Israel came about in 1948 because the Christian nations (primarily Great Britain) took the land by force, and gave it to the Jewish people. It exists today because Christian nations (primarily the USA) supply Israel with money, technology, and weapons. But the fact that Christians use military might to take and hold Muslim land, does not mean that God agrees that Israel should exist.
Many Muslims object to the fact that Christian created a Jewish state in Muslim territory, rather than Christian territory. This is where we Christians must show some sensitivity. As a Christian, I strongly agree with the 20th century Christians who recognized a need for a country to which all Jews might escape anti-Semitism. But Muslims make a valid point: if we Christians really wanted an “Israel” for Jews, then shouldn’t we have given the Jewish people land belonging to Christians, rather than land belonging to Muslims?
Believe it or not, some of the first people to propose a modern “Israel” in the late 19th and early 20th centuries suggested other locations in Africa and South America. I’m not saying here that Britain and the United States necessarily picked the wrong location; however, if modern Israel were located next to Argentina, we would have a much less chaotic Middle East.
From a Muslim point of view, the territory which we call “Israel” really belongs to Muslims, just as it has been Muslim since the seventh century. Except for a century during the time of the Crusades, Christians have had to accept the reality that Muslims controlled Israel by force of arms. Today the situation is reversed: Israel belongs to Jews only because of Christian military might. Now it is Muslims who hope and pray that, one day, God will return their land to them.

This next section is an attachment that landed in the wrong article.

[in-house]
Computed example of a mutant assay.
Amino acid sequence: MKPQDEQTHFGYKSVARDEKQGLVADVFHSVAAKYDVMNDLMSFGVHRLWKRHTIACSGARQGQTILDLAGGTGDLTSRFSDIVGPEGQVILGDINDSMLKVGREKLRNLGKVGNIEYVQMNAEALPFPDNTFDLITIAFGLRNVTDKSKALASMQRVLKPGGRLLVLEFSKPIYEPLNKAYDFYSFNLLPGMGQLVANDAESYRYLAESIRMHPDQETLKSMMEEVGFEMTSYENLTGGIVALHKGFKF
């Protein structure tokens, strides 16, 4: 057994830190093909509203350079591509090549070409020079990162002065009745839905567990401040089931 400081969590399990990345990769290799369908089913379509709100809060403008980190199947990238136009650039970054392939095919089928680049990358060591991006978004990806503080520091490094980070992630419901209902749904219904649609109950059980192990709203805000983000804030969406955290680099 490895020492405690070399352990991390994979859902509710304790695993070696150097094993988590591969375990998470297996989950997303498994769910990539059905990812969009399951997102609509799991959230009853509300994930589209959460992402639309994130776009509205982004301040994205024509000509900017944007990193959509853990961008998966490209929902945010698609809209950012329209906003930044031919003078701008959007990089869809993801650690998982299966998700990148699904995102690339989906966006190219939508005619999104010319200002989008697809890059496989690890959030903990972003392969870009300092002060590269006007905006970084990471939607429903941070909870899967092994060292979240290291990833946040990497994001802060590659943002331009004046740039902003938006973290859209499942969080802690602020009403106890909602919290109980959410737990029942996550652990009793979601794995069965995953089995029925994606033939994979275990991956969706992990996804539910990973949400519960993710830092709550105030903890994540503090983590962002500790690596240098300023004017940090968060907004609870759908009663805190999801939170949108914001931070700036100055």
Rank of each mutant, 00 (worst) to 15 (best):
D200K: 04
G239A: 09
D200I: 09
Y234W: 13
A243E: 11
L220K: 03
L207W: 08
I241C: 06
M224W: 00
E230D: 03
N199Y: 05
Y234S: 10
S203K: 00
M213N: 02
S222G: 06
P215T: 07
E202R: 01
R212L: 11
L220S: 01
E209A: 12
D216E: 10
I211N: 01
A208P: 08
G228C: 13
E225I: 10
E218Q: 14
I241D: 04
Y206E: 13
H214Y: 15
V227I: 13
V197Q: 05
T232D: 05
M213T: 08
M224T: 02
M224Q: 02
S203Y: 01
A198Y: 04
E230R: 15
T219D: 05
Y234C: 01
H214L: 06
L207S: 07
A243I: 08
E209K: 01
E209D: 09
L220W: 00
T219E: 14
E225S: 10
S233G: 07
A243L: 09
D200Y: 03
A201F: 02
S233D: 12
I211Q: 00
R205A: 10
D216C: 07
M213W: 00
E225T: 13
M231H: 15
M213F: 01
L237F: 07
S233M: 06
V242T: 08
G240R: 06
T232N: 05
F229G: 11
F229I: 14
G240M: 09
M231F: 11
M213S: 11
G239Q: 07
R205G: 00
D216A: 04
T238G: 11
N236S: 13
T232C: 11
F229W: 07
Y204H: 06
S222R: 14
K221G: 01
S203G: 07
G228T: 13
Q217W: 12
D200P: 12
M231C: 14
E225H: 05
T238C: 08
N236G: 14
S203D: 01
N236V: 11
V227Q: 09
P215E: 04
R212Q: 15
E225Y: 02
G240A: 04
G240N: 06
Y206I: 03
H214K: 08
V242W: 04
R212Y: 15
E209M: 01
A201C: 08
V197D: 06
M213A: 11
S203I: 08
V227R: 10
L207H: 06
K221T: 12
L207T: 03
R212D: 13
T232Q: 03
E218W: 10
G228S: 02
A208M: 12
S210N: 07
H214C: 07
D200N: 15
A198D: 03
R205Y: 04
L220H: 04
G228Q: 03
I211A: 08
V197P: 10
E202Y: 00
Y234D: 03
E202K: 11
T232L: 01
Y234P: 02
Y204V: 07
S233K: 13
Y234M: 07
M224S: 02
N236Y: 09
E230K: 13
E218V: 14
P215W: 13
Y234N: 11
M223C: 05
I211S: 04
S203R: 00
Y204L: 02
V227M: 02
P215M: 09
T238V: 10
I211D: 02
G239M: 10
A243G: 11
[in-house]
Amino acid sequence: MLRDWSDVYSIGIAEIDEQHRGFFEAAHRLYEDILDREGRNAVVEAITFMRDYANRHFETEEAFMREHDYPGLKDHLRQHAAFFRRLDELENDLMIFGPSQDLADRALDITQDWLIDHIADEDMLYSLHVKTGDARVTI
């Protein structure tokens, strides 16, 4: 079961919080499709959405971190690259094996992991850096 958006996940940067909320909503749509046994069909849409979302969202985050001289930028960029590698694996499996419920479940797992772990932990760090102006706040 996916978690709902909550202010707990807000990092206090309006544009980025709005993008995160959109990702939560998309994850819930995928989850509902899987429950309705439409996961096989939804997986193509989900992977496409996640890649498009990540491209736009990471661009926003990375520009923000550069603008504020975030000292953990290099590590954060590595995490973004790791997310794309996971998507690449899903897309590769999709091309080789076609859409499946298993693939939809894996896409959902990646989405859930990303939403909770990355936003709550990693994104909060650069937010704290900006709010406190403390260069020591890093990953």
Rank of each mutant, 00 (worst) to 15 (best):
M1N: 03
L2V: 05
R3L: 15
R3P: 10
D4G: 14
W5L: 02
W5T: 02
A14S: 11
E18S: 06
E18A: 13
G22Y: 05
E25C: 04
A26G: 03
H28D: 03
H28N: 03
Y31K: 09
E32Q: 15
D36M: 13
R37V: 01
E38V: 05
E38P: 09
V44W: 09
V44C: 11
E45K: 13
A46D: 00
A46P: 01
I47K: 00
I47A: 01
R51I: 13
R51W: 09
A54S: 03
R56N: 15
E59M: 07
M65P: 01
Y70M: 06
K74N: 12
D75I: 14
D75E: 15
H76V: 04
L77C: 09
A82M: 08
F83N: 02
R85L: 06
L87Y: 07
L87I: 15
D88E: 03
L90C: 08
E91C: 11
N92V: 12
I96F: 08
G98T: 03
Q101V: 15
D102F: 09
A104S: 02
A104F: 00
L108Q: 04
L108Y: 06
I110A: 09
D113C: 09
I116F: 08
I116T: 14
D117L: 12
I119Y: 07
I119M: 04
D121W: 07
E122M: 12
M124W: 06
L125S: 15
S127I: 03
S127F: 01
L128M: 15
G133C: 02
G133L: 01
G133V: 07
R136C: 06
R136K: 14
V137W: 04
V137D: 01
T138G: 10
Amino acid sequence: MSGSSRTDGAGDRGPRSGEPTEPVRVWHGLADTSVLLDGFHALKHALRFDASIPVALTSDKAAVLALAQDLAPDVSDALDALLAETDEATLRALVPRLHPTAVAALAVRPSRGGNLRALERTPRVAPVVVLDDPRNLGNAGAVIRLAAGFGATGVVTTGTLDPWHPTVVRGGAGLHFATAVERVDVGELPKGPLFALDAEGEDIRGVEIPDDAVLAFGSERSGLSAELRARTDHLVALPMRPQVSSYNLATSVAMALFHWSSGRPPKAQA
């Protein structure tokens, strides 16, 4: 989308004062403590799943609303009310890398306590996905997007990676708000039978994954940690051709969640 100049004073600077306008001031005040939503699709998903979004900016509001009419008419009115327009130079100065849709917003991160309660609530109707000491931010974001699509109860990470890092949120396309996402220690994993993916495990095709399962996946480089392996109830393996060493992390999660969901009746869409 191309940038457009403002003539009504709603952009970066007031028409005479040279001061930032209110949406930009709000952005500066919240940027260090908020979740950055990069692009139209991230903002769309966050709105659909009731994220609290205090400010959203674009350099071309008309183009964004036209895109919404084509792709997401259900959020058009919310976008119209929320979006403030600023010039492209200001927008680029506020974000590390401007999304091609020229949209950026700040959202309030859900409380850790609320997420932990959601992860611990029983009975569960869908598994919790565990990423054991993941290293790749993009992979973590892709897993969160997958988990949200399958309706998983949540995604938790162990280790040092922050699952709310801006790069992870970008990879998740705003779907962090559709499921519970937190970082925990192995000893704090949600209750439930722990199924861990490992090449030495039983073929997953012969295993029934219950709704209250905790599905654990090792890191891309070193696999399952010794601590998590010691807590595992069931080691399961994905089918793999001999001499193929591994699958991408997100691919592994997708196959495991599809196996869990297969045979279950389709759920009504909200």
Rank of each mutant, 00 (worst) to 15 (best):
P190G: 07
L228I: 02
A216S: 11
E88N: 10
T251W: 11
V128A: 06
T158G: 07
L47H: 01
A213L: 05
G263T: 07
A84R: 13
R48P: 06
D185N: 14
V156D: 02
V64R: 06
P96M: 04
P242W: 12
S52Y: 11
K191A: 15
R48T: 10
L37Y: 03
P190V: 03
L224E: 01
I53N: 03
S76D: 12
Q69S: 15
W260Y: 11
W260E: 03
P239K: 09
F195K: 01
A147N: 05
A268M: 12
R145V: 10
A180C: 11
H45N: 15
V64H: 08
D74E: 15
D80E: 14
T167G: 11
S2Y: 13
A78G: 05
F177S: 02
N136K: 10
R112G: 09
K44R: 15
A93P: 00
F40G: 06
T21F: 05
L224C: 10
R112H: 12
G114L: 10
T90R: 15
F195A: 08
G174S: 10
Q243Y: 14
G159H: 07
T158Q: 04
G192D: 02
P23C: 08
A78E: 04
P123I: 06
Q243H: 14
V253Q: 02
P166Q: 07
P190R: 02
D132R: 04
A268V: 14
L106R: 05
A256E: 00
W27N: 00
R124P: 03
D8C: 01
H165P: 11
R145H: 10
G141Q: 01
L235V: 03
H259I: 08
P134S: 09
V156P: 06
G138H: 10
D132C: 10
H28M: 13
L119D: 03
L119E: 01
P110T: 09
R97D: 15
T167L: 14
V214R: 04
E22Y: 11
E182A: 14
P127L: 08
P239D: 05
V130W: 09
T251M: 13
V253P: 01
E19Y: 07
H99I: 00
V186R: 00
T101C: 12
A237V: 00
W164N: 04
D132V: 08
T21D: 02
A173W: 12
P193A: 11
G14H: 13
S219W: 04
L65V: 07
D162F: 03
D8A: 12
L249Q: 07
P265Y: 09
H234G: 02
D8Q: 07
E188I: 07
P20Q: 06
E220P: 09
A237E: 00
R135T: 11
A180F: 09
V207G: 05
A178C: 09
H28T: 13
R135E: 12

Must the cycle of violence therefore go on forever? I hope not. But lasting peace begins with the acknowledgment that members of both sides passionately believe that God gave the land to them, forever.
For the record, I support the right of Israel to exist as an independent state. I’m glad that the United States strongly supports Israel. Anti-Semitism is a powerful force in the world, and Jewish people (including me! My Mom’s parents were Orthodox Jews from Poland) cannot realistically rely on any nation, including the United States, to offer safety.
But when we discuss Middle East issues with our Muslim friends and neighbors, we should respect their belief that God gave the land to Muslims, and that what we call “Israel” was stolen from them by military force. Christians, Muslims, and Jews may never agree on what God wants for the land. But faithful followers of Jesus Christ, called to be peacemakers, are obligated to learn and respect what each side believes to be the will of God.